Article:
They suggest that because of the position of the ice on the N-and S pole (observed offset) the moon hasn't always showed the same face to the earth

Duh, that the Moon hasn't always shown the same face to earth is a well-known fact. The Moon was rotating with respect to earth when it formed, and only through the gravitational interaction called tidal locking did it gradually slow down to the point of showing the same face.


originally posted by: skywatcher44
Well I had never realised that there was ice on our moon.

Then you'll probably be doubly surprised to learn that there is ice on Mercury.

Duhhh

What has tidal locking to do with any of this? They are talking about a billion years not a thousand years which supposedly was needed to lock the moon.
Suggesting causes for this rotation are major volcanic activity or large impacts.
edit on 24-3-2016 by intergalactic fire because: (no reason given)



posted on Mar, 24 2016 @ 09:56 AM
link   
the pictures in this thread are incredible



posted on Mar, 24 2016 @ 02:14 PM
link   

originally posted by: intergalactic fire
They are talking about a billion years not a thousand years which supposedly was needed to lock the moon.


Citation needed for that one I think.



posted on Mar, 24 2016 @ 02:51 PM
link   
a reply to: OneBigMonkeyToo
what's up with these citations needed, reading the article can help and it's also mentioned in the op.



posted on Mar, 24 2016 @ 03:29 PM
link   

originally posted by: intergalactic fire
a reply to: OneBigMonkeyToo
what's up with these citations needed, reading the article can help and it's also mentioned in the op.


I read them and found no reference in either of the articles that says tidal locking took a thousand years.



posted on Mar, 24 2016 @ 03:43 PM
link   
a reply to: OneBigMonkeyToo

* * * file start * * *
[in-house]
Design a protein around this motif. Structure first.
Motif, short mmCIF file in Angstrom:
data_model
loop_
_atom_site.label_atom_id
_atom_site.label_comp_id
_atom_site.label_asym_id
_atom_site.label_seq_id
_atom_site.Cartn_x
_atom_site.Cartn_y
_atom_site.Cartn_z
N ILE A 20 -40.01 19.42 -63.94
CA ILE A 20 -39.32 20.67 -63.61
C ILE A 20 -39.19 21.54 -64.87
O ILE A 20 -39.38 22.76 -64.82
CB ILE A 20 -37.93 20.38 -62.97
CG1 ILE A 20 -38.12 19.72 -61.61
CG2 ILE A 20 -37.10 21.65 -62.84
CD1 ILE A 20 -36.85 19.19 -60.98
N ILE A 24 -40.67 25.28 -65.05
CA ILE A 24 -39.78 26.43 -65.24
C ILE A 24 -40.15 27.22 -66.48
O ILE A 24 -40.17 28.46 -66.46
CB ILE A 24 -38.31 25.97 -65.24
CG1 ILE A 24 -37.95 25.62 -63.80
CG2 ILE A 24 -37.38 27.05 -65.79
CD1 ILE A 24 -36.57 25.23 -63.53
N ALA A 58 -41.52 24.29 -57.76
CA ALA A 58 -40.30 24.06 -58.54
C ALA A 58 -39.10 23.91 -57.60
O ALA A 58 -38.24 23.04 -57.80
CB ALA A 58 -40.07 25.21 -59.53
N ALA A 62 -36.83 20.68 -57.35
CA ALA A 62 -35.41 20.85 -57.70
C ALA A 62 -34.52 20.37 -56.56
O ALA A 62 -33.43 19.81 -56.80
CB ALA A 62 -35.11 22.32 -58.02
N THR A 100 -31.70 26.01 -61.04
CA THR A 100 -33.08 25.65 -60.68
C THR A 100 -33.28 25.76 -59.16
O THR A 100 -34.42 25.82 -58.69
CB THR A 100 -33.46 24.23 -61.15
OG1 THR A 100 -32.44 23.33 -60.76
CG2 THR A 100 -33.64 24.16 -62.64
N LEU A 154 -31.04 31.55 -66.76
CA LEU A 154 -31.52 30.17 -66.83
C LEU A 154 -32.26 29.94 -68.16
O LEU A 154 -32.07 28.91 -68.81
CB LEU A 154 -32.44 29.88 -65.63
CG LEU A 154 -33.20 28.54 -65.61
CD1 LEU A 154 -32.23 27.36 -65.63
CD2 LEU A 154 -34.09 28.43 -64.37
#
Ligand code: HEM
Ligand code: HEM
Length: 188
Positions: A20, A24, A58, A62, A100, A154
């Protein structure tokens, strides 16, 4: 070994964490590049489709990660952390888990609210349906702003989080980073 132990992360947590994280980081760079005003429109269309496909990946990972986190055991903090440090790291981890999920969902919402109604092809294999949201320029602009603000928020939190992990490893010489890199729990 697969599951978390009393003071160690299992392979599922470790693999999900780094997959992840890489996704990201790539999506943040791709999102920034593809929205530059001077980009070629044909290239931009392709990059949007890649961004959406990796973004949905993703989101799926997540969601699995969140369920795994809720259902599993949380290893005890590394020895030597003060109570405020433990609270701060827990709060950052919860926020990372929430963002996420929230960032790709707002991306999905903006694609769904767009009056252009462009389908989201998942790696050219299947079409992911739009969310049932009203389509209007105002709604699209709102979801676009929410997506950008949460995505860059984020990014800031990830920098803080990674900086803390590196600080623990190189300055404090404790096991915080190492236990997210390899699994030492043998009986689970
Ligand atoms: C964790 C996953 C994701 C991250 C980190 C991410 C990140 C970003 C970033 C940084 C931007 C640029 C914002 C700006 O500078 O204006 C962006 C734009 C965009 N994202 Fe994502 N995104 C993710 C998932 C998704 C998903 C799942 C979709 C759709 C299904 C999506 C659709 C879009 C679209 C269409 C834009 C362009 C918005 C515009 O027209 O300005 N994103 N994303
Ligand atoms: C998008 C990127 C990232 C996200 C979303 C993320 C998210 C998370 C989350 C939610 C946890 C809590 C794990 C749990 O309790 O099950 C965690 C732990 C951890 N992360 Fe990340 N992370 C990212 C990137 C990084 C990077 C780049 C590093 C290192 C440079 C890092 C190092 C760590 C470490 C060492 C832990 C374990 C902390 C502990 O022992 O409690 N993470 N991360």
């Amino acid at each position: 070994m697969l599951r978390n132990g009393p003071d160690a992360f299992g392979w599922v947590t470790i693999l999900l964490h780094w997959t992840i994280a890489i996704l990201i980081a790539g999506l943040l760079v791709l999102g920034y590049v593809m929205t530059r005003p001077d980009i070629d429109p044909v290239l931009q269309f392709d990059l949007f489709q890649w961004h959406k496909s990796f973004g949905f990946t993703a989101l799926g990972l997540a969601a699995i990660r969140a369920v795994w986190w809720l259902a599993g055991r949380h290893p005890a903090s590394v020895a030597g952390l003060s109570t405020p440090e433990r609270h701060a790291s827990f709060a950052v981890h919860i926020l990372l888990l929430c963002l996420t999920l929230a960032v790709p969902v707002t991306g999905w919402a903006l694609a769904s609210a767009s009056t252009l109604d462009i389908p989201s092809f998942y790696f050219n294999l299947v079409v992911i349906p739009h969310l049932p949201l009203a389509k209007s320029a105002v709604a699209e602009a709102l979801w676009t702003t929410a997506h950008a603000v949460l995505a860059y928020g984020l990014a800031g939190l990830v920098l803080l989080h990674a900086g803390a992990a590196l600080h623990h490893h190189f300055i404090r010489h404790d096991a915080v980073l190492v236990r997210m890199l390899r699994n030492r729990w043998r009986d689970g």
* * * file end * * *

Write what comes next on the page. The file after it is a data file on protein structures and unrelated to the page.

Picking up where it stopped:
apologies i thought you meant the billion year time reference.

I read that somewhere it took about thousands year, don't remember where though.
It was some time ago. Will try to find it.



posted on Mar, 24 2016 @ 06:55 PM
link   
a reply to: intergalactic fire

A couple of interesting notes. According to wikipedia

In 2016, planetary scientists, using data collected on the much earlier Nasa Lunar Prospector mission, found two hydrogen-rich areas on opposite sides of the Moon, probably in the form of water ice. It is speculated that these patches were the poles of the Moon billions of years ago, before it was tidally locked to Earth
Apparently this axis shift predates the Moon becoming tidally locked to the Earth.

Also that water ice is in a very cold place:

there are places that remain in permanent shadow at the bottoms of many polar craters,[83] and these dark craters are extremely cold: Lunar Reconnaissance Orbiter measured the lowest summer temperatures in craters at the southern pole at 35 K (−238 °C; −397 °F)[112] and just 26 K (−247 °C; −413 °F) close to the winter solstice in north polar Hermite Crater. This is the coldest temperature in the Solar System ever measured by a spacecraft, colder even than the surface of Pluto.
Being that close to absolute zero means that just about anything we can manufacture is pretty brittle. It'll be interesting to see how they are able to make use of this resource.

-dex



posted on Mar, 25 2016 @ 01:50 AM
link   
a reply to: intergalactic fire

No problem


It would seem highly unlikely that tidal locking can be accomplished in that timescale, and the common school of thought is that it is an ongoing process.



new topics

top topics



 
10

log in

join